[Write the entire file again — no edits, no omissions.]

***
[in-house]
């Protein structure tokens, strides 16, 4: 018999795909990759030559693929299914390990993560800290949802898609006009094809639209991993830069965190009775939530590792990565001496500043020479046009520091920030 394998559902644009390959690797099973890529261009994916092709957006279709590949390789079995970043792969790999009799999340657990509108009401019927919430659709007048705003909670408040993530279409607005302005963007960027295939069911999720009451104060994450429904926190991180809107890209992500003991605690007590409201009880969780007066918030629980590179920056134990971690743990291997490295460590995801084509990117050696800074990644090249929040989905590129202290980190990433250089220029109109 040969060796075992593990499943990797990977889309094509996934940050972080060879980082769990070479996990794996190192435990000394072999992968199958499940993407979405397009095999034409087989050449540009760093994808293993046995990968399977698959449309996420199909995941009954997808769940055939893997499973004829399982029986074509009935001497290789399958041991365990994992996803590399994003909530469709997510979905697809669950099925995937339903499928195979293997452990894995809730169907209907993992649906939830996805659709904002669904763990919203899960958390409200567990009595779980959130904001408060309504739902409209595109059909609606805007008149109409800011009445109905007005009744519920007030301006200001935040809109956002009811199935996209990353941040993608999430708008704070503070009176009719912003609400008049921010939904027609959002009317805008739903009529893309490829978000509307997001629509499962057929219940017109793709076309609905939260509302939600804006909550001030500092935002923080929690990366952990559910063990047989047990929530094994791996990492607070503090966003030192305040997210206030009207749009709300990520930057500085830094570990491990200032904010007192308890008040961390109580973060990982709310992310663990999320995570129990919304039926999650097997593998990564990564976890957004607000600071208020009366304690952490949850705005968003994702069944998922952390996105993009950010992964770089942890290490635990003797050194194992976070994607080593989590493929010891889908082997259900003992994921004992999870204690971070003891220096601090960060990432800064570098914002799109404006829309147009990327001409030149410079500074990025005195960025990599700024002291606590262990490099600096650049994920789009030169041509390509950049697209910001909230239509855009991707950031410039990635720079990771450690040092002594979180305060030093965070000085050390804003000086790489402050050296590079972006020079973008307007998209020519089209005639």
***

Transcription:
[in-house]
């Protein structure tokens, strides 16, 4: 018999795909990759030559693929299914390990993560800290949802898609006009094809639209991993830069965190009775939530590792990565001496500043020479046009520091920030 394998559902644009390959690797099973890529261009994916092709957006279709590949390789079995970043792969790999009799999340657990509108009401019927919430659709007048705003909670408040993530279409607005302005963007960027295939069911999720009451104060994450429904926190991180809107890209992500003991605690007590409201009880969780007066918030629980590179920056134990971690743990291997490295460590995801084509990117050696800074990644090249929040989905590129202290980190990433250089220029109109 040969060796075992593990499943990797990977889309094509996934940050972080060879980082769990070479996990794996190192435990000394072999992968199958499940993407979405397009095999034409087989050449540009760093994808293993046995990968399977698959449309996420199909995941009954997808769940055939893997499973004829399982029986074509009935001497290789399958041991365990994992996803590399994003909530469709997510979905697809669950099925995937339903499928195979293997452990894995809730169907209907993992649906939830996805659709904002669904763990919203899960958390409200567990009595779980959130904001408060309504739902409209595109059909609606805007008149109409800011009445109905007005009744519920007030301006200001935040809109956002009811199935996209990353941040993608999430708008704070503070009176009719912003609400008049921010939904027609959002009317805008739903009529893309490829978000509307997001629509499962057929219940017109793709076309609905939260509302939600804006909550001030500092935002923080929690990366952990559910063990047989047990929530094994791996990492607070503090966003030192305040997210206030009207749009709300990520930057500085830094570990491990200032904010007192308890008040961390109580973060990982709310992310663990999320995570129990919304039926999650097997593998990564990564976890957004607000600071208020009366304690952490949850705005968003994702069944998922952390996105993009950010992964770089942890290490635990003797050194194992976070994607080593989590493929010891889908082997259900003992994921004992999870204690971070003891220096601090960060990432800064570098914002799109404006829309147009990327001409030149410079500074990025005195960025990599700024002291606590262990490099600096650049994920789009030169041509390509950049697209910001909230239509855009991707950031410039990635720079990771450690040092002594979180305060030093965070000085050390804003000086790489402050050296590079972006020079973008307007998209020519089209005639």